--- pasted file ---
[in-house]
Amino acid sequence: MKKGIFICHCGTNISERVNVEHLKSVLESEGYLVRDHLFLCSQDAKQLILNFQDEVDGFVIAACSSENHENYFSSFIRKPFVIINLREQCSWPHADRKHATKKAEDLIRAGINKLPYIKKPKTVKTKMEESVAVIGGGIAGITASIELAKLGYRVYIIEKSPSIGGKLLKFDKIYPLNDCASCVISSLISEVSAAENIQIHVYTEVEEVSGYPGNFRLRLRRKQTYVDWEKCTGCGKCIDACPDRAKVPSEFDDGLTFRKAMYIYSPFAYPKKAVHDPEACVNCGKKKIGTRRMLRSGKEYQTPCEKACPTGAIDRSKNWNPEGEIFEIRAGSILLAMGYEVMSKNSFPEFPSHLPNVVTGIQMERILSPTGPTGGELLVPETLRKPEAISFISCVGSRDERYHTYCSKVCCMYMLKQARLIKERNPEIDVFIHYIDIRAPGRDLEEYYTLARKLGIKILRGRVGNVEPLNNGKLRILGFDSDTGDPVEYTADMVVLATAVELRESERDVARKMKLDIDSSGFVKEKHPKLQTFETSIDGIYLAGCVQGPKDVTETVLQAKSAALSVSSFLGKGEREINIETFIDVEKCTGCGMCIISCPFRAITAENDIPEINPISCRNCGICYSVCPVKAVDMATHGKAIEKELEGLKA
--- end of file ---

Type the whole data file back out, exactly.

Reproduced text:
[in-house]
Amino acid sequence: MKKGIFICHCGTNISERVNVEHLKSVLESEGYLVRDHLFLCSQDAKQLILNFQDEVDGFVIAACSSENHENYFSSFIRKPFVIINLREQCSWPHADRKHATKKAEDLIRAGINKLPYIKKPKTVKTKMEESVAVIGGGIAGITASIELAKLGYRVYIIEKSPSIGGKLLKFDKIYPLNDCASCVISSLISEVSAAENIQIHVYTEVEEVSGYPGNFRLRLRRKQTYVDWEKCTGCGKCIDACPDRAKVPSEFDDGLTFRKAMYIYSPFAYPKKAVHDPEACVNCGKKKIGTRRMLRSGKEYQTPCEKACPTGAIDRSKNWNPEGEIFEIRAGSILLAMGYEVMSKNSFPEFPSHLPNVVTGIQMERILSPTGPTGGELLVPETLRKPEAISFISCVGSRDERYHTYCSKVCCMYMLKQARLIKERNPEIDVFIHYIDIRAPGRDLEEYYTLARKLGIKILRGRVGNVEPLNNGKLRILGFDSDTGDPVEYTADMVVLATAVELRESERDVARKMKLDIDSSGFVKEKHPKLQTFETSIDGIYLAGCVQGPKDVTETVLQAKSAALSVSSFLGKGEREINIETFIDVEKCTGCGMCIISCPFRAITAENDIPEINPISCRNCGICYSVCPVKAVDMATHGKAIEKELEGLKA